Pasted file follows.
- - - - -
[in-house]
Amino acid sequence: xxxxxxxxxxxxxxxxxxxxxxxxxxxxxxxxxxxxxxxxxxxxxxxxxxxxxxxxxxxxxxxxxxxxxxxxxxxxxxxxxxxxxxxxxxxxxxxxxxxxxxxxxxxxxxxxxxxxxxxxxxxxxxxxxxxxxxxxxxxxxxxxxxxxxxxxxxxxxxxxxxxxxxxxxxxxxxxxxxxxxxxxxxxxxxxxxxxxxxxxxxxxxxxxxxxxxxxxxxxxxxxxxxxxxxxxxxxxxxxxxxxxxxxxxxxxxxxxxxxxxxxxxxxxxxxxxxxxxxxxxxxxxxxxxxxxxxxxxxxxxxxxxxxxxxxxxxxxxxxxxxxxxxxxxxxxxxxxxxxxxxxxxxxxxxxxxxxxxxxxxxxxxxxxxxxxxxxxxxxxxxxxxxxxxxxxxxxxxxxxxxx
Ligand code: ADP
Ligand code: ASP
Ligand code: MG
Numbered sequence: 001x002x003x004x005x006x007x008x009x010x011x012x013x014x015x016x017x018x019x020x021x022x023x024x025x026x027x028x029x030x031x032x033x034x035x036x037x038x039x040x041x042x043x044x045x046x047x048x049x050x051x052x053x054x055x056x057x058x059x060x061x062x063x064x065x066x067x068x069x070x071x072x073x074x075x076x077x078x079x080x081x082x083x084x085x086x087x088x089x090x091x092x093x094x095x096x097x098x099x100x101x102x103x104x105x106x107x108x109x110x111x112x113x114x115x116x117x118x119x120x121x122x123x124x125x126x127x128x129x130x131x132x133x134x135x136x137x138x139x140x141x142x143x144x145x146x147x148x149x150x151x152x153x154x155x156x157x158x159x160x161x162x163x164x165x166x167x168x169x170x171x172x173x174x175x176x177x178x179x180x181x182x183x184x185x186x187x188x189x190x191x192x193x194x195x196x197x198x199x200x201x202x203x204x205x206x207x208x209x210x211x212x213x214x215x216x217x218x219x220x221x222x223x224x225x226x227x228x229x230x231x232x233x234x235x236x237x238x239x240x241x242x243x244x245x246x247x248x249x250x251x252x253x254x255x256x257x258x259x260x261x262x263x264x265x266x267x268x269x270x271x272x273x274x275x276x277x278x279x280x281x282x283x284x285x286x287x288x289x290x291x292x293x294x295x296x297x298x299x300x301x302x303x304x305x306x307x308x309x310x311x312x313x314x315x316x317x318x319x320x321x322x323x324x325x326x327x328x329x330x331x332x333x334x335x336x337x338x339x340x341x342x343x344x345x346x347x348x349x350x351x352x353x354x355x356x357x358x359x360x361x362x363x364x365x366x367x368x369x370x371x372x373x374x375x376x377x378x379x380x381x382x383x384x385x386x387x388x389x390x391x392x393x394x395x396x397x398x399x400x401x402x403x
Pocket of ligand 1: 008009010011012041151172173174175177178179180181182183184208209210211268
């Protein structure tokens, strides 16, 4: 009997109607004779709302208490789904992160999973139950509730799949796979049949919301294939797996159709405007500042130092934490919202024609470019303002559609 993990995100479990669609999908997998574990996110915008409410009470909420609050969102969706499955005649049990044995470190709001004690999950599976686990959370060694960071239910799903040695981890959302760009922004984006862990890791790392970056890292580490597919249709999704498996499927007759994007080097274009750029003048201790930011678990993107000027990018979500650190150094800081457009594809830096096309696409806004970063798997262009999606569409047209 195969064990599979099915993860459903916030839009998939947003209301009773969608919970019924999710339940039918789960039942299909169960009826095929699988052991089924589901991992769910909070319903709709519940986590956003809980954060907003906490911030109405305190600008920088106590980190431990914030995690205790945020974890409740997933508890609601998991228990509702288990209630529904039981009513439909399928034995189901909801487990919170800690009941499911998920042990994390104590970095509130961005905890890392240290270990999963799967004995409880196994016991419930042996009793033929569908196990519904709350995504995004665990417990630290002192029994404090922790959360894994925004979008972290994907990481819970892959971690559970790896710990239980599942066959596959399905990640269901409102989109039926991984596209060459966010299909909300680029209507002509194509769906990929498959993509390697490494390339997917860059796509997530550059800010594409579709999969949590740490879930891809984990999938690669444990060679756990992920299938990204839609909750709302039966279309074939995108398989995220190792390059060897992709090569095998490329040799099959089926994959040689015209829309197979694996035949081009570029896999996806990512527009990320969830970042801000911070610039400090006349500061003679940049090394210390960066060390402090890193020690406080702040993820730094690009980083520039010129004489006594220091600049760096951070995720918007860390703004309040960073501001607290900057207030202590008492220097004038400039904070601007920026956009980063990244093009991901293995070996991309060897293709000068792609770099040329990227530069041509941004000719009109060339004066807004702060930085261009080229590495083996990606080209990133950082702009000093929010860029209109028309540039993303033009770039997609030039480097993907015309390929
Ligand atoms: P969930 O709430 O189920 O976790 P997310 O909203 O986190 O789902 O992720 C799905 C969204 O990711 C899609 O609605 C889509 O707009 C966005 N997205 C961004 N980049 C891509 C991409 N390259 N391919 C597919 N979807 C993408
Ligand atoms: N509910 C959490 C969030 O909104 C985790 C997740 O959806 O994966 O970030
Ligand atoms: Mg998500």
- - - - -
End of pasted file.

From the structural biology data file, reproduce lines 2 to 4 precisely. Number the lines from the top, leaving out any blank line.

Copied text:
Amino acid sequence: xxxxxxxxxxxxxxxxxxxxxxxxxxxxxxxxxxxxxxxxxxxxxxxxxxxxxxxxxxxxxxxxxxxxxxxxxxxxxxxxxxxxxxxxxxxxxxxxxxxxxxxxxxxxxxxxxxxxxxxxxxxxxxxxxxxxxxxxxxxxxxxxxxxxxxxxxxxxxxxxxxxxxxxxxxxxxxxxxxxxxxxxxxxxxxxxxxxxxxxxxxxxxxxxxxxxxxxxxxxxxxxxxxxxxxxxxxxxxxxxxxxxxxxxxxxxxxxxxxxxxxxxxxxxxxxxxxxxxxxxxxxxxxxxxxxxxxxxxxxxxxxxxxxxxxxxxxxxxxxxxxxxxxxxxxxxxxxxxxxxxxxxxxxxxxxxxxxxxxxxxxxxxxxxxxxxxxxxxxxxxxxxxxxxxxxxxxxxxxxxxxx
Ligand code: ADP
Ligand code: ASP